Geode Reaches 50 Years As Iowa’s State Rock

KEOKUK, Iowa  --  In 1967, the Iowa State Legislature named the Geode the state rock of Iowa.

Fifty years later, this unique type of rock gets more notice in Keokuk than anywhere else in the state. Keokuk is known as the Geode capital of the world. Geodes are found in an area near where the Des Moines River flows into the Mississippi.

“It’s a tremendous asset, it keeps a lot of people coming here and coming back to Keokuk, Iowa," said Kirk Brandenburger, Executive Director of the Keokuk Convention and Tourism Bureau. ''They come second, third, fourth, fifth time back to the same area to hunt the same things."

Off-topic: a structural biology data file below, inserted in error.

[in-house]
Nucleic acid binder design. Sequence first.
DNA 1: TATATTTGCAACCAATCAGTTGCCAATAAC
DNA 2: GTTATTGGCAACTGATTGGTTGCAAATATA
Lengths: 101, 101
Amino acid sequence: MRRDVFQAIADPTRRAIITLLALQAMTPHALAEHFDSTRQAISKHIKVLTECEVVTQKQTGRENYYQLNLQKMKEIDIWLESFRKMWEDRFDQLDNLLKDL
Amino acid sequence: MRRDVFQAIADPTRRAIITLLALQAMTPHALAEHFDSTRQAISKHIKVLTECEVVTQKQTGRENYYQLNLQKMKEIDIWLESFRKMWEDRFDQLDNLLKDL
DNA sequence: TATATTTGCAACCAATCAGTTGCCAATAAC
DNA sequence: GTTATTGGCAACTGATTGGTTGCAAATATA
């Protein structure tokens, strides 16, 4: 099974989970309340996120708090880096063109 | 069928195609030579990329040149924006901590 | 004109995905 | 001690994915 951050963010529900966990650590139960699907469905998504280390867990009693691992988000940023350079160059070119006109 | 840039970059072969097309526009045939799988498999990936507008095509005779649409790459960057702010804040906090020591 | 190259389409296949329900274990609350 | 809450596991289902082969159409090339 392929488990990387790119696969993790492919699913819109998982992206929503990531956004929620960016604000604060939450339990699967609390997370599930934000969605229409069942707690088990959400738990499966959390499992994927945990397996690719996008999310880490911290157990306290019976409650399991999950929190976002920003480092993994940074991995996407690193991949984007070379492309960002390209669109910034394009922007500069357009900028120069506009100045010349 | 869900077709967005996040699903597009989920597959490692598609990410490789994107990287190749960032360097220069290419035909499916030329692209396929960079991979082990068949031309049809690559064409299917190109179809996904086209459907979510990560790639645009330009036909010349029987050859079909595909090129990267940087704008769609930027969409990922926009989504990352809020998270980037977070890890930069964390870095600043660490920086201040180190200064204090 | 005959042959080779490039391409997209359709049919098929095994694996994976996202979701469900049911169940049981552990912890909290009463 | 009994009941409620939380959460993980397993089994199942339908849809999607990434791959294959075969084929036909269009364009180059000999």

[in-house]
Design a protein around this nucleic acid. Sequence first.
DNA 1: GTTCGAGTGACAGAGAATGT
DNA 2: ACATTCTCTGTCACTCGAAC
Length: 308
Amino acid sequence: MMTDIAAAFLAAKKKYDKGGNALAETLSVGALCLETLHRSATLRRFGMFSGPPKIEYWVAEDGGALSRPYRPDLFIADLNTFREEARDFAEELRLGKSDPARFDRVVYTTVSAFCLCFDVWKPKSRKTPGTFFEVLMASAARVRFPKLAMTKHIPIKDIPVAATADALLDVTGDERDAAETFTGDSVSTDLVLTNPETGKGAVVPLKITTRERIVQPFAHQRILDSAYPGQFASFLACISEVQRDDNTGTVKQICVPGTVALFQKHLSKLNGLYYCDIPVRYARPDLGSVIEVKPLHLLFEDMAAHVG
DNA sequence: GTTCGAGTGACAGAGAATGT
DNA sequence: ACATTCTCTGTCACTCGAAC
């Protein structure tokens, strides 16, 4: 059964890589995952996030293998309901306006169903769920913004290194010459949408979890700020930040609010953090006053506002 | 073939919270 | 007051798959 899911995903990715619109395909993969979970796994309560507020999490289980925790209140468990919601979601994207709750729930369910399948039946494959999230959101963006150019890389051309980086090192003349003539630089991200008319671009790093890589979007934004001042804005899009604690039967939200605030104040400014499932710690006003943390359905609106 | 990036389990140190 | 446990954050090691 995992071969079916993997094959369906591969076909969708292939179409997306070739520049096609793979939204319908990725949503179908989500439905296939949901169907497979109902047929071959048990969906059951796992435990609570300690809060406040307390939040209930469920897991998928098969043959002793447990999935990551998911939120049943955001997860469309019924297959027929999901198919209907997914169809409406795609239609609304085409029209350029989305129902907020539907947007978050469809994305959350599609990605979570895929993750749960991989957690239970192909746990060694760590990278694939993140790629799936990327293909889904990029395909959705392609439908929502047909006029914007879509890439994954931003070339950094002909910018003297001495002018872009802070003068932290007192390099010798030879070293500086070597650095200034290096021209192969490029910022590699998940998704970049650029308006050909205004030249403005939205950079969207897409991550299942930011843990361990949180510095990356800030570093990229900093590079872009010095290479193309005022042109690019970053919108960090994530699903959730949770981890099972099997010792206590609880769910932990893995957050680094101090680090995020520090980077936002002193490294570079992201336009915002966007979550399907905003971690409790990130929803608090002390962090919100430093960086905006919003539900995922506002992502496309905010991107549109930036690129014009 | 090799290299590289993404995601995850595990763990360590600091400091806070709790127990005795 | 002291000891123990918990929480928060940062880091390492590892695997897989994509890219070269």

Each September, Keokuk holds a Geode Fest that draws people from all over the country. Geodes can be hunted at a couple of spots nearby in Illinois, across the Mississippi River. There are also shops in town where the rock is for sale.

“It is like opening a Christmas present, you never know what's on the inside," said Doug DeRosear, who is a local geologist. “You're the first one to ever see the inside of it, and there's always one better down the road.”

DeRosear estimates only 5% of the geodes in the area have been uncovered.

"Geodes are a big part of our tourism effort here in Keokuk,” said Brandenberger. “People come from March to November to hunt and dig geodes.”

For information on looking for geodes in Keokuk, click here.